And at the first dish, Saint Francis began to speak of God so sweetly, so sublimely, and so wondrously, that the fulness of divine grace came down on them, and they all were rapt in God. And as they were thus rapt, with eyes and hands uplift to heaven, the folk of Assisi and Bettona and the country round about, saw that Saint Mary of the Angels, and all the House, and the wood that was just hard by the House, were burning brightly, and it seemed as it were a great fire that filled the church and the House and the whole wood together : for the which cause the folk of Assisi ran thither in great haste for to quench the flames, believing of a truth that the whole place was all on fire. But coming close up to the House and finding no fire at all, they entered within and found Saint Francis and Saint Clare and all their company in contemplation rapt in God and sitting around that humble board. Whereby of a truth they understood that this had been a heavenly flame and no earthly one at all, which God had let appear miraculously, for to show and signify the fire of love divine wherewith the souls of those holy brothers and holy nuns were all aflame; wherefore they gat them gone with great consolation.

Emmaus: another meal where Christ  was present. 

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23 May: Spreading the light.

paschal.candles

During the Easter Vigil every year we light our candles from the great Easter Candle, spreading that light in the darkness across the Church. This simple act reminds us that we are called to bring the light of God’s joyful love to everyone around us. The Holy Spirit himself fans into a flame a faith which may seem rather weak and fragile at times, echoing the words in the Gospel, ‘Lord I do believe, help my little faith.’

Through Confirmation, Jesus himself, through the gift of his Holy Spirit, strengthens that faith so that we can share it with others, boldly and with great courage.

‘Go out to the whole world, proclaim the Good News!’

+ Michael Evans, Bishop of East Anglia, 2003-2011.

Paschal or Easter Candles from past years, preserved at Canterbury Cathedral.
Words of Bishop Evans c/o Canon Anthony Charlton, Canterbury.

 

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12 April: A response to Christina Chase’s An Eve in Winter.

 

Dear Christina,

It’s an editor’s privilege to respond or comment on contributions sometimes: bear with me!

Your poem connects. It reminds me of  John Betjeman, writing in prose:

“Many people, when they enter a quiet room, automatically – even before shutting the door – rush to turn on the wireless as though quiet were as unhealthy as a cold draught.”

And there is Dylan Thomas’s ‘Bible-black night’ in Under Milk Wood, which is a time of creation, as is the dark you reference in Genesis. ‘Let there be light’ indeed, ‘Kindly Light, amid th’encircling gloom, Lead thou me on.’ (Newman, of course.)

Your light that is poor for hearing secrets is from the same well as Shakespeare’s,

The eye
of man hath not heard, the ear of man hath not
seen, hand is not able to taste, his tongue
to conceive, nor his heart to report, what my dream
was.

(Midsummer Night’s Dream, IV:2).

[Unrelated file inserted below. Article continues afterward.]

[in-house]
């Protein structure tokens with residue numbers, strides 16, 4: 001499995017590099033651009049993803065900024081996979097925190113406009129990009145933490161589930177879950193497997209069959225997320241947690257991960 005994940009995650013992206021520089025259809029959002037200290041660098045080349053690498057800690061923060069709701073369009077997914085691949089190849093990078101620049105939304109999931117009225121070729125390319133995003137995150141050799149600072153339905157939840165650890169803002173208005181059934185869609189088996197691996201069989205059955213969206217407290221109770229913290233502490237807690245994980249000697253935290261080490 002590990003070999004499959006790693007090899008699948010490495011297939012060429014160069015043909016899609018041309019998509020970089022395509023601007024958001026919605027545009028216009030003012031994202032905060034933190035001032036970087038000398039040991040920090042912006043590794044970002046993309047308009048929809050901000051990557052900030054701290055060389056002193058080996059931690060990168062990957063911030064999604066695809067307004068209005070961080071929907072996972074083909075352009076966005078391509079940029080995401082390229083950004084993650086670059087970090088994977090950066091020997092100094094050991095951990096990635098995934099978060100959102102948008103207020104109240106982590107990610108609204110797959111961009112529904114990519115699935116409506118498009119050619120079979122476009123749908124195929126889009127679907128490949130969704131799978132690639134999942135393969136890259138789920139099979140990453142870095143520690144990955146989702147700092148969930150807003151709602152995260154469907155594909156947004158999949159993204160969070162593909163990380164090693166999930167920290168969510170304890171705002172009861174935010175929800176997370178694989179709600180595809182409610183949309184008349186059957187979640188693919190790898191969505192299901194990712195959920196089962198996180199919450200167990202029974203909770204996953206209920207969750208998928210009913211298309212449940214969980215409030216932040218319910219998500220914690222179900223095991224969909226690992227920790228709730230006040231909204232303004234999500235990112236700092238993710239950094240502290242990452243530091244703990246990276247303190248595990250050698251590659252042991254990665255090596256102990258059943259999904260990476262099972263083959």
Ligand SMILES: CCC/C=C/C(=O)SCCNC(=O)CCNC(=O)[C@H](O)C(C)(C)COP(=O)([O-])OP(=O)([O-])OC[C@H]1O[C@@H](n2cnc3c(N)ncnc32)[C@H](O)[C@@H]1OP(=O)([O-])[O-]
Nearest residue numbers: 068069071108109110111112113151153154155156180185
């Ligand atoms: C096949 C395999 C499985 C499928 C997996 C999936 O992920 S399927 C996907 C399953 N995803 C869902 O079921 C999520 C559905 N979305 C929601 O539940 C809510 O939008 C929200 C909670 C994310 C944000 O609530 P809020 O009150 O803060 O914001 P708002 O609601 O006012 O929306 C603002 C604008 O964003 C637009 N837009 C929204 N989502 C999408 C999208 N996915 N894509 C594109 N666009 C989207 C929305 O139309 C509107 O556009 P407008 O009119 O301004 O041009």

These lines are not slap-stick comic, however slap-stick Bottom is elsewhere. When we are challenged, do we admit it and explore it, or turn on the bright lights or loud music?

A lighthouse cannot lead if the captain is dazzled by floodlights.

I mentioned R.S. Thomas in my introduction. We read how he prayed at his holy well on 17 October 2016:

 Ignoring my image I peer down

to the quiet roots of it, where

the coins lie, the tarnished offerings

of the people to the pure spirit

that lives there.

 

Connections! Thank you again, for an offering by no means tarnished!

Will.

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11 April: An Eve in Winter

 

 

bluemoon

Firstly, a poem from Christina. Although she has given it the Title ‘An Eve in Winter’, its theme of light, of gentle light not consumed by the darkness, resonates with our heroes RS Thomas and Dylan Thomas, poets from opposite ends of Wales. A response tomorrow.

 

 

When you enter a darkened room

and see a pool of moonlight on the floor,

do you wait to turn the lights on

so you can step into the glow?

 

I do.

 

For brightness can scare away the paler shades.

Though it is good for seeing definitions clearly and

avoiding stray furniture, it is poor for

hearing and keeping the secret

that’s whispered through tender starlight

 to waiting earth of snow.

 

When I say, “let there be light,”

smugly snapping on devices,

I cannot see beyond my own reflection

blinded to that of the Divine.

 

© 2018 Christina Chase

 

Christina can be found at: https://divineincarnate.com

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11 April: Easter Guests

paschal.candles

Ignatius and Christina are good friends of this blog, they’ve followed us from our first few fumbling footsteps and are still alongside us. We’ve recently won their consent to adopt posts from their blogs for Agnellus Mirror where they look at darkness and light. That seemed appropriate for Eastertide, so that is when they are appearing. In excellent company with our resident poets Sheila and Sister Johanna – not to mention W.H. Davies.

So many thanks to both our friends for these blogs. In each case, there is a response from Will.

Ignatius can be found at: asalittlechild.wordpress.com

And Christina at: divineincarnate.com

Do drop in on them!

Paschal candles preserved at Canterbury Cathedral.

 

MMB.

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2 April: The First Day

Peter.john.easter.png

Wounded feet mark the garden,
wound dawn’s dew.

The white morning sky waits,
and for someone –
more than one. Weary and true,
they come, they run:
wide hearts with wide rays ablaze –
out-blaze sun’s rays,
await the earth’s incense.

Snowdrops bow, bearing the weight
of Presence.

SJC

 

[Painting by Eugene Burnand, 1850-1921
Musee d’Orsay, Paris]